2012 SRAM Red: Shifting To The Front

  • By Aaron Hersh
  • Published Feb 1, 2012
  • Updated Oct 31, 2014 at 4:37 PM UTC
Photo: Aaron Hersh


The new brakes are much smaller than the older versions. Aerodynamicists from multiple bike frame companies have stated that a front brake creates substantially more drag when it protrudes beyond the fork. SRAM says that improving aerodynamic performance was one of their primary goals when designing this kit and the brake seems to be a big part of that directive.

SRAM abandoned the dual-pivot caliper design used in their original groups and by Shimano in favor of a single-pivot design. We think original Red brakes felt less stiff than brakes from the other two big component companies and the new brake solve that problem. The caliper doesn’t give way under strong braking force. SRAM also designed a unique brake arm that increases the force pinching down on the rim as the rider squeezes harder on the brake lever.

The cable pinch bolt is at the end of a lever arm that cams to put the cable further from the pivot bolt when squeezed tighter, which increases the pressure on the rim. This clever design allows for more accurate modulation when apply light stopping force but gives a slight kick to stopping power when needed. It only changes leverage as the system flexes after the pads are already in contact with the rim, so the difference in leverage feels minimal. It doesn’t abruptly grab the rim as the rider squeezes tighter on the lever.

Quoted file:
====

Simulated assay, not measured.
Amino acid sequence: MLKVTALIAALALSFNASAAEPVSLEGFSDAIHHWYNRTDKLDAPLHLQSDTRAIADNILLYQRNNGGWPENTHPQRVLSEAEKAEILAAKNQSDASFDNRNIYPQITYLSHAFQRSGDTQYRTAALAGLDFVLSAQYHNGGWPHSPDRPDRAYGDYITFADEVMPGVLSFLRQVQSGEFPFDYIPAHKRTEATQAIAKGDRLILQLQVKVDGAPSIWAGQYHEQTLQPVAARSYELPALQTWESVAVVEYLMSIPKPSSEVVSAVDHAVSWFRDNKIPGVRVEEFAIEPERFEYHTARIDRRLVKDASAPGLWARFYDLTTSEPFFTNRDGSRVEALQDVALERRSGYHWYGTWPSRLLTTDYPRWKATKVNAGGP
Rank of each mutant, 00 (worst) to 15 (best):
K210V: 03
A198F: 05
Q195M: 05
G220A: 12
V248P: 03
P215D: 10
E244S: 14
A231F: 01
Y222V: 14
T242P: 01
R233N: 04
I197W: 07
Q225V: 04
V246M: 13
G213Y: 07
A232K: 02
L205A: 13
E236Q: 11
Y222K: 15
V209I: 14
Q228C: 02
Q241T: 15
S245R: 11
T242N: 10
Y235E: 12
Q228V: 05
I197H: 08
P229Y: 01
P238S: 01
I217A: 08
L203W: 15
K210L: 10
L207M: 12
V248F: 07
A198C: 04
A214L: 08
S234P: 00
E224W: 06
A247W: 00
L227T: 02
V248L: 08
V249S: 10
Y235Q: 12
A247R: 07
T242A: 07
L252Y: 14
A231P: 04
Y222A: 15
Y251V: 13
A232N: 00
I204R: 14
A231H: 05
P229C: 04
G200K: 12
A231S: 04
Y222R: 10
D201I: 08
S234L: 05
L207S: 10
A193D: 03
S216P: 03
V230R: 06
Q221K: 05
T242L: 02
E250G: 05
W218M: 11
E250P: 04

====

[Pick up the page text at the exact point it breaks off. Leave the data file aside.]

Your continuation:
Each arm has a sunken screw to adjust lateral position. The quick release was moved from the cable pinch bolt to just beneath the barrel adjuster. The brake can fit wheels up to 31mm wide—3mm wider than the widest wheel we are aware of.

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Aaron Hersh

Aaron Hersh

Aaron Hersh is the Senior Tech Editor of Triathlete magazine. To submit a question, write Aaron at

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